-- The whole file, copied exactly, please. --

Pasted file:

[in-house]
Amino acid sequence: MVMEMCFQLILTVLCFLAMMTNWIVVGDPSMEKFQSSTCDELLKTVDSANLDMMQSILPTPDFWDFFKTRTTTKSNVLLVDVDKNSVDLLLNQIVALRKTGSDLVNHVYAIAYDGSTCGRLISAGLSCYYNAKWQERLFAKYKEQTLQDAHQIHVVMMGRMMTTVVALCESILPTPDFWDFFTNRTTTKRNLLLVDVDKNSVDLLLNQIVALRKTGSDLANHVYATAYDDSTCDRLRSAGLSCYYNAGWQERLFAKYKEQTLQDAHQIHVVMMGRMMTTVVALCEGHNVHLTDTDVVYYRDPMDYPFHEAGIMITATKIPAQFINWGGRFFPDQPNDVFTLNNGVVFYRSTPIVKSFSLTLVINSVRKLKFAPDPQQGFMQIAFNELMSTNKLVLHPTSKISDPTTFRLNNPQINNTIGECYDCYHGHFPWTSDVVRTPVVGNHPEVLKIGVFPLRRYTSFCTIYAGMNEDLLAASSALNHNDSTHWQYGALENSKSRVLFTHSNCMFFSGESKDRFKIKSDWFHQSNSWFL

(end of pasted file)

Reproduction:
[in-house]
Amino acid sequence: MVMEMCFQLILTVLCFLAMMTNWIVVGDPSMEKFQSSTCDELLKTVDSANLDMMQSILPTPDFWDFFKTRTTTKSNVLLVDVDKNSVDLLLNQIVALRKTGSDLVNHVYAIAYDGSTCGRLISAGLSCYYNAKWQERLFAKYKEQTLQDAHQIHVVMMGRMMTTVVALCESILPTPDFWDFFTNRTTTKRNLLLVDVDKNSVDLLLNQIVALRKTGSDLANHVYATAYDDSTCDRLRSAGLSCYYNAGWQERLFAKYKEQTLQDAHQIHVVMMGRMMTTVVALCEGHNVHLTDTDVVYYRDPMDYPFHEAGIMITATKIPAQFINWGGRFFPDQPNDVFTLNNGVVFYRSTPIVKSFSLTLVINSVRKLKFAPDPQQGFMQIAFNELMSTNKLVLHPTSKISDPTTFRLNNPQINNTIGECYDCYHGHFPWTSDVVRTPVVGNHPEVLKIGVFPLRRYTSFCTIYAGMNEDLLAASSALNHNDSTHWQYGALENSKSRVLFTHSNCMFFSGESKDRFKIKSDWFHQSNSWFL